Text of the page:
Why I'd still rather defend against Suarez than depend on him…

So here we are again about to face a striker we almost signed in the summer, and hands are wringing over the form he’s in. I speak, of course, of Luis Suarez, scorer of six league goals in four appearances, a rate that would have him score 57 times in a season. That might be just enough to pencil him in as a Golden Boot candidate—except for the fact that he’s already missed five league

matches (and one League Cup match), and he’s all but certain to miss more. More pertinently, he’s feasted on some rather feeble defenses while all but disappearing in the only match of note in which he’s appeared, a 1-0 loss to Man U in the League Cup’s third round. Therefore, while all of the talk centers around his “fantastic” return, and of his partnering with Daniel Sturridge, a peek under the hood suggests that he’s still more style than substance, and as such, we shouldn’t lament missing out on his signing even if he does net against us on Saturday.

First, the League Cup match. Yes, it was “only” the League Cup. However, it was his first appearance since biting Chelsea’s Branislav Ivanovic in April of last season. He surely circled this date on his calendar as one on which he could signal his return in style. However, he fizzled, taking eight shots, putting only one on target, and failing to score. Before you cluck your tongue and say, “well, yes, but what kind of lineup did Liverpool send out to support him?”, I’ll point out that it looks to be much the same lineup as the one we’ll face on Saturday. On top of that, Liverpool had previously beaten Man U without Suarez, a point I’ll return to in a minute. Long story short: he failed to deliver in a match that mattered. It was his return from an infamous ban, it was against a high-profile opponent, and it was a chance to help his team advance in the League Cup. He had to know that it would be vital for him to shine, and on all counts, he failed.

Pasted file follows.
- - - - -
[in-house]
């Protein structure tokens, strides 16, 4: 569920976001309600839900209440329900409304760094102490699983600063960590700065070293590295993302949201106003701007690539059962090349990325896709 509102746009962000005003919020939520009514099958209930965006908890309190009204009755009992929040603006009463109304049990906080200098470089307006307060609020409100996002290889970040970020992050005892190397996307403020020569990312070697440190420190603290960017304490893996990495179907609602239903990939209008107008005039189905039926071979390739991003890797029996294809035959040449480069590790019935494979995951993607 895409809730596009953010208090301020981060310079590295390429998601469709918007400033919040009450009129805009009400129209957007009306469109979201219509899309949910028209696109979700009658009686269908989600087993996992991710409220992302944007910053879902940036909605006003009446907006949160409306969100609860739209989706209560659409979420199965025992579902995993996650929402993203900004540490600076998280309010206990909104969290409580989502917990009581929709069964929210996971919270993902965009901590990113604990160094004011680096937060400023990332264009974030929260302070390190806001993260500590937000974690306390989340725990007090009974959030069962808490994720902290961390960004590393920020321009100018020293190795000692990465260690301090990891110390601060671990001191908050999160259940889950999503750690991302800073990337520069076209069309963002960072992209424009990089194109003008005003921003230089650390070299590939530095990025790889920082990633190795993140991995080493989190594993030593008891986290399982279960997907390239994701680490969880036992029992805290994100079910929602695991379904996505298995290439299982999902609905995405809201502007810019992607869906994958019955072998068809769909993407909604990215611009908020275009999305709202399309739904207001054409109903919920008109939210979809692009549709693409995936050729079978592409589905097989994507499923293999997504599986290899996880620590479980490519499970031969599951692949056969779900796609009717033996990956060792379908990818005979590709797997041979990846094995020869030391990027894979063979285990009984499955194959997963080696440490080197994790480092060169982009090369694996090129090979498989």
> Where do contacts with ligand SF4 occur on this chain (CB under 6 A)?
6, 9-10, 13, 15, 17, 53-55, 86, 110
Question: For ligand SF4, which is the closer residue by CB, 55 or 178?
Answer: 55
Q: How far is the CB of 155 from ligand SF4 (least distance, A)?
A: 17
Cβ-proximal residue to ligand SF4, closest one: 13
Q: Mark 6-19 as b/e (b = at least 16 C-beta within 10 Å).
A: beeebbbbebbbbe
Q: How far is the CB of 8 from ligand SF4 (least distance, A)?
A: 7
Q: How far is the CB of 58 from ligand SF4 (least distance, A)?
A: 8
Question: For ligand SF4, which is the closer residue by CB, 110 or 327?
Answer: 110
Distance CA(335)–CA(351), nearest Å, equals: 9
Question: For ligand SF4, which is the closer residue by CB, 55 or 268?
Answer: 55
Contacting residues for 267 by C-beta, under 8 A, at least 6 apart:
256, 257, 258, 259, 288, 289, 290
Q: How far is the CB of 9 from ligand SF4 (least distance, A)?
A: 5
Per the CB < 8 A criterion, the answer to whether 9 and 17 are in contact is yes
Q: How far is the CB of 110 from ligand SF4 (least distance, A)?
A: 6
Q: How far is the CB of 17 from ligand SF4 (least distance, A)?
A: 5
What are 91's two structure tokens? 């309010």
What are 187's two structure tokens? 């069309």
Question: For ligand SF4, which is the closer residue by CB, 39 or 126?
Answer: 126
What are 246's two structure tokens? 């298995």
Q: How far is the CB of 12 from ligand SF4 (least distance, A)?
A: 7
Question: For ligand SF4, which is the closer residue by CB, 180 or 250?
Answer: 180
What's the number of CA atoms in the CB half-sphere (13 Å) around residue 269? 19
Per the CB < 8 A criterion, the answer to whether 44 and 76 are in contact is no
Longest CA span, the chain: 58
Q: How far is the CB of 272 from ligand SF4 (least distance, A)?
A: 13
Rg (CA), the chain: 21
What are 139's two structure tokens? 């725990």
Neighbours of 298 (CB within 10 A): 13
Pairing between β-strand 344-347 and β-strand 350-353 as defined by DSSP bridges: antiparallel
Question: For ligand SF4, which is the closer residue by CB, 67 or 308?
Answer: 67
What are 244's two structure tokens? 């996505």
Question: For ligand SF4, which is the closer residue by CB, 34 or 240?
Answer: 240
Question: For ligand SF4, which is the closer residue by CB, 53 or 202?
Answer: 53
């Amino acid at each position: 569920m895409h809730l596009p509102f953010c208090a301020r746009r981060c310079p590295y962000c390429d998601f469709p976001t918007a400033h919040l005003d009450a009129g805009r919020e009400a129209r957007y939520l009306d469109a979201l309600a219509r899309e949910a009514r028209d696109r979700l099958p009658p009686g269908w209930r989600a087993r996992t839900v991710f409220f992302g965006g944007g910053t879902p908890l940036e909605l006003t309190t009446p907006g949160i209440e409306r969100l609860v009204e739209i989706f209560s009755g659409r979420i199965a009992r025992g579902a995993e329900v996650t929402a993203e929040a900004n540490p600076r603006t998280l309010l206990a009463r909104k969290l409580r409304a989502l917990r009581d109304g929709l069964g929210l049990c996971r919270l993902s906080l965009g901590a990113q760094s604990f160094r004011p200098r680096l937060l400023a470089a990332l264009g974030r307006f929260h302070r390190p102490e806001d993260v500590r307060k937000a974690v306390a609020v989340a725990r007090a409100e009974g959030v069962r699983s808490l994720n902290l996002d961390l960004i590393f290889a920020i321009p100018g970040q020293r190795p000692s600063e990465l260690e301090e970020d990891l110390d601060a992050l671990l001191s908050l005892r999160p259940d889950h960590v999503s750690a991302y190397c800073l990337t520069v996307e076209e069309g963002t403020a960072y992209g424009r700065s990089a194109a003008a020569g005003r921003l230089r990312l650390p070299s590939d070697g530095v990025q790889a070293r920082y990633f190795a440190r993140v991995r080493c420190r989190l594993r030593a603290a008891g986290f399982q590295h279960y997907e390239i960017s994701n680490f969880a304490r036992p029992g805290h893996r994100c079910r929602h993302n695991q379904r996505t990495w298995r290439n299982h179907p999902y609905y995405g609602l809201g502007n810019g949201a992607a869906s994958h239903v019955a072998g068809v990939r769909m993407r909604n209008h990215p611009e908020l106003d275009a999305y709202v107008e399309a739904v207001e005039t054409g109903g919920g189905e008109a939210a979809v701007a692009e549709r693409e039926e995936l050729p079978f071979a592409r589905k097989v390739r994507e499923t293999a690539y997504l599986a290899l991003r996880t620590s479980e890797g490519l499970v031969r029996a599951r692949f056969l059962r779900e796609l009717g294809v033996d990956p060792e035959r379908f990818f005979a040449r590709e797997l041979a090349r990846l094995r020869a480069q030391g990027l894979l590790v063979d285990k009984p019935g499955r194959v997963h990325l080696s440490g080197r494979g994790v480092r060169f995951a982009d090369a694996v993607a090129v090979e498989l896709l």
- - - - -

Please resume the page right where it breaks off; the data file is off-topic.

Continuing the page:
To take a broader view, his statistics are admittedly gaudy. He’s needed only 23 shots to net six goals in four appearances for a conversion rate of 26%. However, he’s done so against Sunderland, Crystal Palace, Newcastle, and West Brom, a slate of teams that sport a collective -33 goal-differential. He’s yet to prove that he can deliver against a team that can actually defend. Even against Man U (“only five teams have conceded more goals than us”), he’s failed to find the net. He’s a chucker. He keeps shooting and shooting until, eventually, something goes in. Unless it doesn’t.

I mentioned a return to the two Liverpool-Man U matches. In the first, a 1-0 win for Liverpool, five players combined for nine shots, an intriguing show of democracy (not that democracy is crucial for winning). In the second, a 0-1 loss for Liverpool, five players combined for 17 shots—but eight of those were taken by Suarez. To contrast the two matches, which is about as direct a comparison as we can get given the sample-size, we have on one hand a 1-0 win from nine shots taken and a 0-1 loss from seventeen shots taken. The variable between the two is Suarez’s eight shots. I won’t claim  that there’s a direct, causal relationship there, but it’s intriguing. While he’s racked up that glitzy 26% conversion rate, it’s only a matter of time before he reverts to the mean, a career-conversion rate of somewhere in the 12% range. For perspective, this is a conversion rate for which we lambasted Giroud last year, yet he cost a fraction—perhaps 1/4th—of what Suarez might’ve cost.